|Gene .||Forward primer (5′–3′) .||Reverse primer (5′–3′) .|
|Gene .||Forward primer (5′–3′) .||Reverse primer (5′–3′) .|
Gene-specific primers were designed on goldfish or consensus sequences. CS,citrate synthase; COX, cytochrome oxidase; EF-1α, elongation factor-1α; FAS, fatty acid synthase; MCAD, medium chain acyl CoA dehydrogenase; NRF-1, nuclear respiratory factor-1; PPAR, peroxisome proliferator activator receptor; PGC-1, PPARγ coactivator-1; PRC,PGC-1-related coactivator. GenBank accession numbers: 1EU426842,XM678107; 2EU426839, XM678566; 3EU426841, XM001338200,CAAB01000022.1, CA371089; 4AY198322, AM230808, AY590299; 5AY894894, AF342937, AJ416953, AY590301, AY356399; 6AF087671; 7BC045362, DQ059757, AY382596; 8EU426840; 9AB111951, DQ656543, NC001606, AY996924; 10NM213010, NM016986, NM000016; 11XM682295, NM007988,NM004104, NM205155; and 12AB056104, NM1312
For the treatment comparisons, all data are presented as mean values± s.e.m., and are expressed relative to the control treatment (fish held at 20°C and fed goldfish chow). Significance between treatments was tested using a Kruskall–Wallis test followed by a Mann–Whitney U-test. Least-squares linear regressions were established using the log-transformed gene expression data from all the treatments and all the tissues.
Mitochondrial enzyme activities
Fish acclimated at colder temperatures exhibited increased oxidative capacity in skeletal muscles (Fig. 1). In red muscle (Fig. 1A), the activity of the Krebs cycle enzyme CS and of the electron transport chain enzyme COX was approximately 2- and 1.6-fold higher in goldfish acclimated at 4°C vs 35°C. These changes were even more pronounced in white muscle of cold-acclimated fish(Fig. 1C), as CS and COX enzyme activity was, respectively, 2.3- and 3-fold higher than in the 35°C group. The temperature acclimation had less impact on enzyme activity in liver(Fig. 1F). There was no consistent pattern in CS activity (statistically highest at 20°C) whereas COX activity increased at elevated temperature. Thus, skeletal muscles, but not liver, exhibited positive thermal compensation with both mitochondrial enzymes.
Diet had negligible effects on mitochondrial enzymes in most tissues, with results showing either non-significant patterns or minor but significant changes (Fig. 1). Compared with the normal diet counterparts, there was an approximately 50% decrease in CS activity in red muscle in response to the high fat diet(Fig. 1B) and in liver in response to starvation (Fig. 1F). COX activity was virtually invariant with dietary treatments(Fig. 1B,D,F).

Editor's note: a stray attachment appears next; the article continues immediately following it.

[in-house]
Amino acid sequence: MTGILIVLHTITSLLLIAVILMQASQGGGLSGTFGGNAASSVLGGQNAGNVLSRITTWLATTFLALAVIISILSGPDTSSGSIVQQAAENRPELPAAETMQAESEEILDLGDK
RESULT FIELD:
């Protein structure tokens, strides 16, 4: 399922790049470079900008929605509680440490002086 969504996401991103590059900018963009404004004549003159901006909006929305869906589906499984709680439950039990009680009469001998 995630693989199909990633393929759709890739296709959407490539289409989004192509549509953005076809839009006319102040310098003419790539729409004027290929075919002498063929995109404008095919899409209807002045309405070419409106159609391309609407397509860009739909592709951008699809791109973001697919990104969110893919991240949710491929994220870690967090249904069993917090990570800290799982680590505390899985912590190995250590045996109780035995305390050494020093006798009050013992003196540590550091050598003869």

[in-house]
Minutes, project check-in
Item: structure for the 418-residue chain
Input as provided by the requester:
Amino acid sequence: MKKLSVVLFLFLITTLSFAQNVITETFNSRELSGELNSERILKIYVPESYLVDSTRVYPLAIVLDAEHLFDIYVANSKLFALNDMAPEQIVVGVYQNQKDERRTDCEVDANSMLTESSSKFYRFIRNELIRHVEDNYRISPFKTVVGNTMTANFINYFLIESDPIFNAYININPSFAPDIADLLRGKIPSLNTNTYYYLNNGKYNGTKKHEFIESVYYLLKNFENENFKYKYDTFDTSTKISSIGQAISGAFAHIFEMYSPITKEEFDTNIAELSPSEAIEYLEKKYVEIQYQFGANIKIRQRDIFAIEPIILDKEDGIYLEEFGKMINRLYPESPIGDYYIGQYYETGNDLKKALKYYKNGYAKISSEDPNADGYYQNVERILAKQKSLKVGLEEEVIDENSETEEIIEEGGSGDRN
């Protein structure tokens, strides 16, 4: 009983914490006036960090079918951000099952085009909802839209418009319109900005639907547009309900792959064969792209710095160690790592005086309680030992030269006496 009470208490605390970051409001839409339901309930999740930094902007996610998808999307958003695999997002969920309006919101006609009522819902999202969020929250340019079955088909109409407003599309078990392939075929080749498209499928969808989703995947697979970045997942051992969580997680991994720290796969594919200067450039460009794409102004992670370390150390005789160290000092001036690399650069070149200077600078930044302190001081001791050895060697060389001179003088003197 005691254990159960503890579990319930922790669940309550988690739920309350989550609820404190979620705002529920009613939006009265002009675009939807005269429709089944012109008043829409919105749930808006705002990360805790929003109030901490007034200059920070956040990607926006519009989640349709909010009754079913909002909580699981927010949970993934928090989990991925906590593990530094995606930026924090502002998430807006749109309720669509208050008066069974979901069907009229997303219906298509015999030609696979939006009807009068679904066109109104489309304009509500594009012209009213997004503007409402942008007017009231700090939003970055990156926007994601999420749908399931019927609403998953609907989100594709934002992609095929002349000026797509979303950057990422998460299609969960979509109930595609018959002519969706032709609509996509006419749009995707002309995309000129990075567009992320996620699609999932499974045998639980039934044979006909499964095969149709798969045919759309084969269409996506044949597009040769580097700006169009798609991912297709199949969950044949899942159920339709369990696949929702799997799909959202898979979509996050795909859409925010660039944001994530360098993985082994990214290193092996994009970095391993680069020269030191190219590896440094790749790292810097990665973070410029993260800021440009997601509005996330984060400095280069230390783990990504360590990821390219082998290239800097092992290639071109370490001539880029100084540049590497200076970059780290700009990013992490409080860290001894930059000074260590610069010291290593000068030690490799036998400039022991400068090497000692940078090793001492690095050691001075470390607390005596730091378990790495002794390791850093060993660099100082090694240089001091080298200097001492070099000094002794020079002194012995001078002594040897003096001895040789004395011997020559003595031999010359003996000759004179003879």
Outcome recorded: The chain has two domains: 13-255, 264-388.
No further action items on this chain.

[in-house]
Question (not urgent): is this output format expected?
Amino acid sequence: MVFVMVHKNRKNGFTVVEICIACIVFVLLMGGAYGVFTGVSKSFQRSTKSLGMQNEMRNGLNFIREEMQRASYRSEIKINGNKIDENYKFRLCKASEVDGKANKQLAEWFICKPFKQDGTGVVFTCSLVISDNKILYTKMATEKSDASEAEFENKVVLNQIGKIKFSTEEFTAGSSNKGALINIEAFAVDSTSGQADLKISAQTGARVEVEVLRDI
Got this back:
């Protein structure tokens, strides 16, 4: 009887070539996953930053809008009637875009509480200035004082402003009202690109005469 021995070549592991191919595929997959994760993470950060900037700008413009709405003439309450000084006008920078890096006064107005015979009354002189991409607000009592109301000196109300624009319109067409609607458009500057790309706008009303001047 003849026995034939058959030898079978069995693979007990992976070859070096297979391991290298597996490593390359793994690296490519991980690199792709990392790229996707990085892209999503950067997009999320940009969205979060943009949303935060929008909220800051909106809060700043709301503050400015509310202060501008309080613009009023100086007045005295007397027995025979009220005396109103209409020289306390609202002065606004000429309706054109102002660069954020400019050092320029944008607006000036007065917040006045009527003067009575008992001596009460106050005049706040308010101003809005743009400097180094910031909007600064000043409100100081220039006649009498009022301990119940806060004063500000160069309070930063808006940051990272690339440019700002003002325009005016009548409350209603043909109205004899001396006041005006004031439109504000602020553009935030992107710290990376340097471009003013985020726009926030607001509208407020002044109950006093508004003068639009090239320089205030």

We measured both COX and CS for independent assessment of mitochondrial content. The stoichiometry between COX and CS was approximately 2 in both skeletal muscles and was largely unaffected by stressors. In liver, there was relatively less CS, such that the activity ratio of COX:CS was close to 1 under all conditions, but with food deprivation the decline in CS altered the stoichiometry (COX:CS about 2).
Temperature acclimation and mRNA
Skeletal muscles showed increases in mitochondrial enzyme activity in cold-acclimated fish, but the mRNA pattern was less uniform. For example, in red and white muscle, CS mRNA was unaffected by temperature(Fig. 2A,B). Low temperature significantly increased COX IV mRNA (a nuclear-encoded subunit) in both skeletal muscles, whereas COX I (a mitochondrial-encoded subunit) was significantly elevated only in red muscle; in white muscle, COX I was highest in the 35°C group (Fig. 2A,B). In heart, temperature had no effect on either CS or COX IV mRNA level. In liver, CS transcript level was inversely related to temperature(Fig. 2D), but in comparison COX I and COX IV were relatively unaffected. Thus, temperature-induced changes in the mRNA of COX IV (but not COX I) were consistent with patterns of COX enzymatic activity, and there was little relationship between CS transcript level and enzymatic activity.
Temperature had no effect on the transcript level of medium chain acyl CoA dehydrogenase (MCAD) in either red muscle(Fig. 2A) or heart(Fig. 2C), but white muscle MCAD mRNA level was directly related to temperature(Fig. 2B). In liver, MCAD expression was greatest at an intermediate temperature, 70% lower in the cold and 45% lower in the warm. The mRNA level of the lipogenic enzyme fatty acid synthase (FAS) was only reliably detected in liver, where the transcript level was depressed by 90% in the warm temperature group(Fig. 2D).
Overall, NRF-1 mRNA level was inversely related to temperature whereas PPARα mRNA level was directly related to temperature(Fig. 2). PPARβ mRNA expression was more complex, showing a tissue-specific pattern. PGC-1αexpression was directly related to temperature in the three striated muscles(Fig. 2A,B,C), but was unaffected in liver (Fig. 2D). In contrast, PGC-1β mRNA was inversely related to temperature in red muscle and liver, but heart was unaffected. The same inverse trend occurred in white muscle but there was no significant temperature effect. With respect to the PGC-1 family members, changes in PGC-1α and PGC-1β mRNA were typically in opposite directions.